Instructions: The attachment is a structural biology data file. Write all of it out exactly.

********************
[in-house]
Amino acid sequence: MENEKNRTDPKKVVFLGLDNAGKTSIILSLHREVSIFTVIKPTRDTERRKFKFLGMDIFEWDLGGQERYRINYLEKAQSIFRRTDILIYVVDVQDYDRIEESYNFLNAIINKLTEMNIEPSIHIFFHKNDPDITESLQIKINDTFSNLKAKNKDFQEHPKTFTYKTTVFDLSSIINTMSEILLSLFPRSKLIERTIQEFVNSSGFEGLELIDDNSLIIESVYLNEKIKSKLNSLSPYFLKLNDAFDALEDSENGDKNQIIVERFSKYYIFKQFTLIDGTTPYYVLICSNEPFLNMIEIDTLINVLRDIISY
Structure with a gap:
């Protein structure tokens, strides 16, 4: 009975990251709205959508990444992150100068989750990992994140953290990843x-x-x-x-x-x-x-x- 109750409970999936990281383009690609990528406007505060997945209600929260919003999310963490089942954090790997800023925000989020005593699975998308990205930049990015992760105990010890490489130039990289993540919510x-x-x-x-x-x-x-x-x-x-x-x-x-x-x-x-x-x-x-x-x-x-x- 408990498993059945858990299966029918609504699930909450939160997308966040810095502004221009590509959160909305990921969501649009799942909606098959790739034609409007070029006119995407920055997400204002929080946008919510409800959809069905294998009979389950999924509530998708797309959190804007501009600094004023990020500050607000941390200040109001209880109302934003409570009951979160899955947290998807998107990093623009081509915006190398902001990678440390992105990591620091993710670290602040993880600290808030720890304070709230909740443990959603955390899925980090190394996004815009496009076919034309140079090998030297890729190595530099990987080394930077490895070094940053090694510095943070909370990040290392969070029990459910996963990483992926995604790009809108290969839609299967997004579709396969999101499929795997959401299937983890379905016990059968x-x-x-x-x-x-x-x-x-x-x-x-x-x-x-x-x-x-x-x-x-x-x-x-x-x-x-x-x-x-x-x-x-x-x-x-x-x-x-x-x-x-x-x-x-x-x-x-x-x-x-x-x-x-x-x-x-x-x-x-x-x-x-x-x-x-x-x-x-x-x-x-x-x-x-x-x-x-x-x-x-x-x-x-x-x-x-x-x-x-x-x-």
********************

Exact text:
[in-house]
Amino acid sequence: MENEKNRTDPKKVVFLGLDNAGKTSIILSLHREVSIFTVIKPTRDTERRKFKFLGMDIFEWDLGGQERYRINYLEKAQSIFRRTDILIYVVDVQDYDRIEESYNFLNAIINKLTEMNIEPSIHIFFHKNDPDITESLQIKINDTFSNLKAKNKDFQEHPKTFTYKTTVFDLSSIINTMSEILLSLFPRSKLIERTIQEFVNSSGFEGLELIDDNSLIIESVYLNEKIKSKLNSLSPYFLKLNDAFDALEDSENGDKNQIIVERFSKYYIFKQFTLIDGTTPYYVLICSNEPFLNMIEIDTLINVLRDIISY
Structure with a gap:
């Protein structure tokens, strides 16, 4: 009975990251709205959508990444992150100068989750990992994140953290990843x-x-x-x-x-x-x-x- 109750409970999936990281383009690609990528406007505060997945209600929260919003999310963490089942954090790997800023925000989020005593699975998308990205930049990015992760105990010890490489130039990289993540919510x-x-x-x-x-x-x-x-x-x-x-x-x-x-x-x-x-x-x-x-x-x-x- 408990498993059945858990299966029918609504699930909450939160997308966040810095502004221009590509959160909305990921969501649009799942909606098959790739034609409007070029006119995407920055997400204002929080946008919510409800959809069905294998009979389950999924509530998708797309959190804007501009600094004023990020500050607000941390200040109001209880109302934003409570009951979160899955947290998807998107990093623009081509915006190398902001990678440390992105990591620091993710670290602040993880600290808030720890304070709230909740443990959603955390899925980090190394996004815009496009076919034309140079090998030297890729190595530099990987080394930077490895070094940053090694510095943070909370990040290392969070029990459910996963990483992926995604790009809108290969839609299967997004579709396969999101499929795997959401299937983890379905016990059968x-x-x-x-x-x-x-x-x-x-x-x-x-x-x-x-x-x-x-x-x-x-x-x-x-x-x-x-x-x-x-x-x-x-x-x-x-x-x-x-x-x-x-x-x-x-x-x-x-x-x-x-x-x-x-x-x-x-x-x-x-x-x-x-x-x-x-x-x-x-x-x-x-x-x-x-x-x-x-x-x-x-x-x-x-x-x-x-x-x-x-x-």